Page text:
But Hoyle remained silent after Trump was impeached. As of Friday, Howell has not yet commented on the matter via social media or through a press release on her website.

Hoyle’s office did not immediately respond to Fox News Digital about the indictment.

Another prominent House Democrat, Representative Eric Swalwell From California, he also criticized Trump’s calls for Clinton to be imprisoned after the 2016 election, arguing that such rhetoric threatened to make the United States a “banana republic”.

Representative Eric Swalwell, D-Calif., speaks at a press conference at the US Capitol on January 25, 2023, in Washington, DC.

Representative Eric Swalwell, D-Calif., speaks at a press conference at the US Capitol on January 25, 2023, in Washington, DC. (Kevin Deitch/Getty Images)

“Glad he didn’t make us a banana republic by imprisoning enemies,” Swalwell said of Trump in November 2016, adding that he was still “angry” Trump “blatantly lied” about this and other things to win. “

However, after Trump’s indictment was revealed Thursday, Swalwell did not condemn the decision, but said it represented a “bleak day” in America and that Trump “deserves all the protections afforded him” by the law.

“The indictment of an ex-president is a sad day for America,” Swalwell wrote in a tweet. “It is also time to believe in our justice system. Donald Trump deserves every protection the Constitution affords him. And when this unfolds, let us not celebrate and not destroy. Justice benefits us all.”

In recent weeks, Swalwell has targeted McCarthy over the speaker’s apparent lack of support to impeach Trump.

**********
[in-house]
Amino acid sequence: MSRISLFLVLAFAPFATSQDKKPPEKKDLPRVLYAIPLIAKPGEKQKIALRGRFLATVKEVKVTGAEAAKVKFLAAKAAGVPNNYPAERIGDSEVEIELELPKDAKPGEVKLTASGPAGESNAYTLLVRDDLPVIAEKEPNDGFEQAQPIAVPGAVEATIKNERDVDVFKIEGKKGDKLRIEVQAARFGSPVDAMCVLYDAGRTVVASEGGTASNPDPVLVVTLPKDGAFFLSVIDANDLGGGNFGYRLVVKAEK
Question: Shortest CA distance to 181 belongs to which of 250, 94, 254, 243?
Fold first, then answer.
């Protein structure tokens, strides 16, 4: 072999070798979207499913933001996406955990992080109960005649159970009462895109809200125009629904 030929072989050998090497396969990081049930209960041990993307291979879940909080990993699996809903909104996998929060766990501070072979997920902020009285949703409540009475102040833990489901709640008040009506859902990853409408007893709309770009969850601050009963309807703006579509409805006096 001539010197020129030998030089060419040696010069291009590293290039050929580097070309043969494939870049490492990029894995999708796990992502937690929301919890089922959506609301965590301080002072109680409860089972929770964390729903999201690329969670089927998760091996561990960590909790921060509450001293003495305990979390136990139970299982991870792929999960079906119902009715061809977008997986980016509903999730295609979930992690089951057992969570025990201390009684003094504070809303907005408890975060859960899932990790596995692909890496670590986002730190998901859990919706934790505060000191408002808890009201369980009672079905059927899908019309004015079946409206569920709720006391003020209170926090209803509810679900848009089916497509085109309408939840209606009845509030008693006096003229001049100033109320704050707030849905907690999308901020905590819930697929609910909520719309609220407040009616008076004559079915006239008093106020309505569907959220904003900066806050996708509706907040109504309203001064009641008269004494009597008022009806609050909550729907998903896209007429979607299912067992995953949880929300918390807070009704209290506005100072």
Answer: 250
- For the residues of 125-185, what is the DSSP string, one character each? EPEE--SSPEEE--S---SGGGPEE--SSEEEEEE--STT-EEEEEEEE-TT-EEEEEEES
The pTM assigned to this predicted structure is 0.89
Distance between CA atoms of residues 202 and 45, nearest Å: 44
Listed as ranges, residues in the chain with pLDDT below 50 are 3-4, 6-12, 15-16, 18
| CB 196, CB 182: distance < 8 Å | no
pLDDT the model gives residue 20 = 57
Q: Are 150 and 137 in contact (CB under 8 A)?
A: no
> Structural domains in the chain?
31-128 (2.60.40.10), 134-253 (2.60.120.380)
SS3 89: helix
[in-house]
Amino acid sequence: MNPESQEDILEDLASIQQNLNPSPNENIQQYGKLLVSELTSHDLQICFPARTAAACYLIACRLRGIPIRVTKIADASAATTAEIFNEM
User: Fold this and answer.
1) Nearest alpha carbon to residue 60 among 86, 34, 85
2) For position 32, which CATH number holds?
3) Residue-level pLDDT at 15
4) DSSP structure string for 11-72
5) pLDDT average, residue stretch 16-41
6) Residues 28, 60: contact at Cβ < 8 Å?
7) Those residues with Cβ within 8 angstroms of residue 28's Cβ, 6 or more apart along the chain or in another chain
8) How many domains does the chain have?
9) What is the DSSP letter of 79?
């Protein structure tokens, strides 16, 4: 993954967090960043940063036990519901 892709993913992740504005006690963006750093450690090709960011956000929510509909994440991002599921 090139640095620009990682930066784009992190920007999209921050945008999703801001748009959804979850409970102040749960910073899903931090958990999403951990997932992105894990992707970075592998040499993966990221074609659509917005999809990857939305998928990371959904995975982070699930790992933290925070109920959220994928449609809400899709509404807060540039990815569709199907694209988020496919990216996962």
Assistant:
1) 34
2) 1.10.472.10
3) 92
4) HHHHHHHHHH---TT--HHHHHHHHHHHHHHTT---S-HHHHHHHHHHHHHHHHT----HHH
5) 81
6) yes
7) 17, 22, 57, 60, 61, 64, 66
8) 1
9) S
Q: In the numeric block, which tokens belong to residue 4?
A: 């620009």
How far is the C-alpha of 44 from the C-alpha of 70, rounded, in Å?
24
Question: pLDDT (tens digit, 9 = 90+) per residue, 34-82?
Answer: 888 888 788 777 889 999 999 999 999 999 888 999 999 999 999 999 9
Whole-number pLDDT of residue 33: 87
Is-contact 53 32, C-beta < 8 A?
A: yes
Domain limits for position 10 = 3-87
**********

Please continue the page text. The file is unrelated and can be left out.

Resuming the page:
“The man who set up a commission to look into ‘arming the government’ is using his powers of government to stop the independent prosecution of his boss,” Swalwell said of McCarthy on Twitter earlier this month.

Bragg asked Trump to surrender his office Friday, but a source familiar with the matter said Fox News Digital said This schedule has been extended due to necessary arrangements to be made by the Secret Service. The source told Fox News Digital that Trump will “probably” give up on Tuesday.

The indictment against Trump comes after Bragg was investigating Trump over silent money payments made prior to the 2016 presidential election. These include $130,000 payments to adult film actress Stormy Daniels, and $150,000 paid to a former Playboy model. Karen McDougal.

Former President Donald Trump was indicted by a Manhattan grand jury on Thursday following a years-long investigation by the office of Manhattan District Attorney Alvin Bragg.

Former President Donald Trump was indicted by a Manhattan grand jury on Thursday following a years-long investigation by the office of Manhattan District Attorney Alvin Bragg. (Al Drago/Bloomberg via Getty Images)

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Fox News reported and revealed in 2018 a series of Silent money payments to both McDougal and Daniels, and the US Attorney’s Office for the Southern District of New York and the Federal Election Commission investigated these payments.

Federal prosecutors in the Southern District of New York chose not to charge Trump in connection with the Daniels payments in 2019, even when Michael Cohen, Trump’s former attorney, was implicated as part of a plea bargain. The Federal Election Commission has also dumped its investigation into the matter in 2021.

Fox News’ Brock Syneman and Lauren Taylor contributed to this article.